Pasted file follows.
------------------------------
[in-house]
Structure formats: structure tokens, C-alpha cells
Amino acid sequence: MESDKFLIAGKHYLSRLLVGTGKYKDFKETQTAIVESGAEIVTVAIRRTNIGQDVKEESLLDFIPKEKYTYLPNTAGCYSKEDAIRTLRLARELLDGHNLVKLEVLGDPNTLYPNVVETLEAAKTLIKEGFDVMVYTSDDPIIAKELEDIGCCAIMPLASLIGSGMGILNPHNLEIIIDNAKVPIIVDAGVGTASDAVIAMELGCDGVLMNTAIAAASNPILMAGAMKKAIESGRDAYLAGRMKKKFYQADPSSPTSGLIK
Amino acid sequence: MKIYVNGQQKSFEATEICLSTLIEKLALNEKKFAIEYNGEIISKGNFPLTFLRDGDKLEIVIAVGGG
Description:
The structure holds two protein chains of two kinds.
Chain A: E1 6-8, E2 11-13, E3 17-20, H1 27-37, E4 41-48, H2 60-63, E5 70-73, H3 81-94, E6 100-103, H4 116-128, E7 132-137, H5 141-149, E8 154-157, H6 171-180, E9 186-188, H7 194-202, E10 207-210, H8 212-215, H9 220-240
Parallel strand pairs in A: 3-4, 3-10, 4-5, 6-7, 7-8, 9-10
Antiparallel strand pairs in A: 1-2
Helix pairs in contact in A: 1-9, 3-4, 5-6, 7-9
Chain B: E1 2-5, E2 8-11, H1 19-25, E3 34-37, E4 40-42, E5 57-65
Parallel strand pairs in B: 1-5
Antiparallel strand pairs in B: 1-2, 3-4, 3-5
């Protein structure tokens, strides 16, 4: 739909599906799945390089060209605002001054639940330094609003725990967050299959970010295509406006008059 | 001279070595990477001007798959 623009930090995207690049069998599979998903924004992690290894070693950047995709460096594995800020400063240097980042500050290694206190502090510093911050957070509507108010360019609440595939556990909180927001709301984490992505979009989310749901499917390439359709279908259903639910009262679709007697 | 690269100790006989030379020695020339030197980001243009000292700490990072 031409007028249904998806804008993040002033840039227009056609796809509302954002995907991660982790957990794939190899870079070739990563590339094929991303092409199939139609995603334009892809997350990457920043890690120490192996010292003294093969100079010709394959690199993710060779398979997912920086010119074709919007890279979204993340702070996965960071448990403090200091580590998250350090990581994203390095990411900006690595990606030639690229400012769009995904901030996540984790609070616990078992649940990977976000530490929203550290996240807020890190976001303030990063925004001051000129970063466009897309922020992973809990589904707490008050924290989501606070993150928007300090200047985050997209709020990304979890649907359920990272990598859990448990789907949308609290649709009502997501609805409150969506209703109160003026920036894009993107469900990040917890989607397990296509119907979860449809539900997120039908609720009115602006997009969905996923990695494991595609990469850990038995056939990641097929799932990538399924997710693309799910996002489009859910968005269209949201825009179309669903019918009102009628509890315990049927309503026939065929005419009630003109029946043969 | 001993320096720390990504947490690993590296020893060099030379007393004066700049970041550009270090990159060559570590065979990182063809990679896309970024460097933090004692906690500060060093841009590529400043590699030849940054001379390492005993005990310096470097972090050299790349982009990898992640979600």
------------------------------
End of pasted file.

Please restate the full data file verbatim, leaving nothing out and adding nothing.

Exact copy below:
[in-house]
Structure formats: structure tokens, C-alpha cells
Amino acid sequence: MESDKFLIAGKHYLSRLLVGTGKYKDFKETQTAIVESGAEIVTVAIRRTNIGQDVKEESLLDFIPKEKYTYLPNTAGCYSKEDAIRTLRLARELLDGHNLVKLEVLGDPNTLYPNVVETLEAAKTLIKEGFDVMVYTSDDPIIAKELEDIGCCAIMPLASLIGSGMGILNPHNLEIIIDNAKVPIIVDAGVGTASDAVIAMELGCDGVLMNTAIAAASNPILMAGAMKKAIESGRDAYLAGRMKKKFYQADPSSPTSGLIK
Amino acid sequence: MKIYVNGQQKSFEATEICLSTLIEKLALNEKKFAIEYNGEIISKGNFPLTFLRDGDKLEIVIAVGGG
Description:
The structure holds two protein chains of two kinds.
Chain A: E1 6-8, E2 11-13, E3 17-20, H1 27-37, E4 41-48, H2 60-63, E5 70-73, H3 81-94, E6 100-103, H4 116-128, E7 132-137, H5 141-149, E8 154-157, H6 171-180, E9 186-188, H7 194-202, E10 207-210, H8 212-215, H9 220-240
Parallel strand pairs in A: 3-4, 3-10, 4-5, 6-7, 7-8, 9-10
Antiparallel strand pairs in A: 1-2
Helix pairs in contact in A: 1-9, 3-4, 5-6, 7-9
Chain B: E1 2-5, E2 8-11, H1 19-25, E3 34-37, E4 40-42, E5 57-65
Parallel strand pairs in B: 1-5
Antiparallel strand pairs in B: 1-2, 3-4, 3-5
């Protein structure tokens, strides 16, 4: 739909599906799945390089060209605002001054639940330094609003725990967050299959970010295509406006008059 | 001279070595990477001007798959 623009930090995207690049069998599979998903924004992690290894070693950047995709460096594995800020400063240097980042500050290694206190502090510093911050957070509507108010360019609440595939556990909180927001709301984490992505979009989310749901499917390439359709279908259903639910009262679709007697 | 690269100790006989030379020695020339030197980001243009000292700490990072 031409007028249904998806804008993040002033840039227009056609796809509302954002995907991660982790957990794939190899870079070739990563590339094929991303092409199939139609995603334009892809997350990457920043890690120490192996010292003294093969100079010709394959690199993710060779398979997912920086010119074709919007890279979204993340702070996965960071448990403090200091580590998250350090990581994203390095990411900006690595990606030639690229400012769009995904901030996540984790609070616990078992649940990977976000530490929203550290996240807020890190976001303030990063925004001051000129970063466009897309922020992973809990589904707490008050924290989501606070993150928007300090200047985050997209709020990304979890649907359920990272990598859990448990789907949308609290649709009502997501609805409150969506209703109160003026920036894009993107469900990040917890989607397990296509119907979860449809539900997120039908609720009115602006997009969905996923990695494991595609990469850990038995056939990641097929799932990538399924997710693309799910996002489009859910968005269209949201825009179309669903019918009102009628509890315990049927309503026939065929005419009630003109029946043969 | 001993320096720390990504947490690993590296020893060099030379007393004066700049970041550009270090990159060559570590065979990182063809990679896309970024460097933090004692906690500060060093841009590529400043590699030849940054001379390492005993005990310096470097972090050299790349982009990898992640979600």